Google has launched a new tool called Woolaroo to compile and preserve indigenous languages.
The company announced the tool on 5 May.
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It features indigenous languages from all over the world, including Yugambeh — the first Australian Aboriginal language to be featured on the app.
“Crucial to Indigenous communities is that Woolaroo puts the power to add, edit and delete entries completely in their hands,” Yugambeh Museum CEO, Rory O’Connor, said in a statement.
“We hope people will enjoy learning and interacting with a new language and learn about the diversity of communities and heritage we all share together.”
How does Google Woolaroo work?
Woolaroo works by recording words and phrases and compiling them to create an accurate vocabulary of indigenous languages. The software is open-source and users can make contributions to the supported languages.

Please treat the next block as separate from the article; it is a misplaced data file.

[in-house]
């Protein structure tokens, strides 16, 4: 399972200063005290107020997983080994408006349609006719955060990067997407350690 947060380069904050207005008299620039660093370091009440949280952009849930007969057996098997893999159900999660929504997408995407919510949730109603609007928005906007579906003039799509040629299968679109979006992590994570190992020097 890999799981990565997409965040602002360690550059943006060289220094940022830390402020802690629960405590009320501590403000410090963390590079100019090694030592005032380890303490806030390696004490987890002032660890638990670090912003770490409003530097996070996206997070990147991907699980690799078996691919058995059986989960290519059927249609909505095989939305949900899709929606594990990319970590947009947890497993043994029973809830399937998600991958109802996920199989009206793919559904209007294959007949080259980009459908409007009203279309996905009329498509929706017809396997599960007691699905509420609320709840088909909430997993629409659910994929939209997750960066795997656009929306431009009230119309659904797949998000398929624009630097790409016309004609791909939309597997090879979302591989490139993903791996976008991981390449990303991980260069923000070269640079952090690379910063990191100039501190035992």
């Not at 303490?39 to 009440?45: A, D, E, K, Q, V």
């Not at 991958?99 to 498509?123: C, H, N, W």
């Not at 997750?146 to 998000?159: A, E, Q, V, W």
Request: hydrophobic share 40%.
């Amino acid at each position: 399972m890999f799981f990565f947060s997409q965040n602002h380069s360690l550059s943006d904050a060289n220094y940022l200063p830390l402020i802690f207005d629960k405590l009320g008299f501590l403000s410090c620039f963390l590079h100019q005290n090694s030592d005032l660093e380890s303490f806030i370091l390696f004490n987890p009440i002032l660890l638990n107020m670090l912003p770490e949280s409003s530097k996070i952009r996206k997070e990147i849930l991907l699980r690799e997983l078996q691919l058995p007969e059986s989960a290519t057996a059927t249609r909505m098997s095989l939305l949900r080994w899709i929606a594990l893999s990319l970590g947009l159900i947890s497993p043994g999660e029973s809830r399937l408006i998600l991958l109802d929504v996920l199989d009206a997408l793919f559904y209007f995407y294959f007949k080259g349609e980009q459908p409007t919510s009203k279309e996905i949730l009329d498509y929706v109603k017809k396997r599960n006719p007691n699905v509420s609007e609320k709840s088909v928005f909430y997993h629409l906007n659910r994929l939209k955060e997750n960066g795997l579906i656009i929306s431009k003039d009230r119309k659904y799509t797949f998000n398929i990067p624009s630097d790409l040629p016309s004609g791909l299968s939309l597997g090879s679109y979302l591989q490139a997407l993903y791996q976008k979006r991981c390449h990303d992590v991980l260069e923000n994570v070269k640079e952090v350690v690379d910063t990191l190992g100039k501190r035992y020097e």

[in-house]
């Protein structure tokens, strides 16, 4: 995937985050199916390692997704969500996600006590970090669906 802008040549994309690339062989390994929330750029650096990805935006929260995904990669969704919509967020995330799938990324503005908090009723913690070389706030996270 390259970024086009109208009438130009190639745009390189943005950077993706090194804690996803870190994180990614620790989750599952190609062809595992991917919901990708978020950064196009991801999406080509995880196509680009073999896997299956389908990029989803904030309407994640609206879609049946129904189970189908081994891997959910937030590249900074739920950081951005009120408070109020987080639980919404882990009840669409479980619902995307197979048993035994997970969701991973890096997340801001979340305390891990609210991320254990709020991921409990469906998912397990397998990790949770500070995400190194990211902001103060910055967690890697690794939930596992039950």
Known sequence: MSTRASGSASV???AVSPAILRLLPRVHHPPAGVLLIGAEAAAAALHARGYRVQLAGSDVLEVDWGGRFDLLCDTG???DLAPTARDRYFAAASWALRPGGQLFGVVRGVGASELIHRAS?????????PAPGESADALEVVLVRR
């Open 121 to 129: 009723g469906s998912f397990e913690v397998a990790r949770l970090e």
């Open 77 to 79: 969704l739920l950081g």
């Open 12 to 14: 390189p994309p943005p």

Users can also make corrections and edits to incorrect words.
Currently, the tool supports 10 languages from around the world. They include Yugembah, Louisiana Creole, Calabrian Greek, Māori, Nawat, Tamazight, Sicilian, Yang Zhuang, Rapa Nui, and Yiddish.
“Any of these languages are an important aspect of a community’s cultural heritage,” O’Connor said.
How do I use the tool?
To access the tool, check out the Woolaroo website.
The website is optimised to be viewed on mobile devices as it needs access to a camera and microphone. You will need to give the website permission to use those features on your phone.
The website will then list the available languages and provide a brief description of each.
After choosing one, take a picture of an object. The tool will scan the image and identify all the items it can and provide a language translation for each. Each word will have a recording attached so you can listen to the correct pronunciation.
Feature image: Google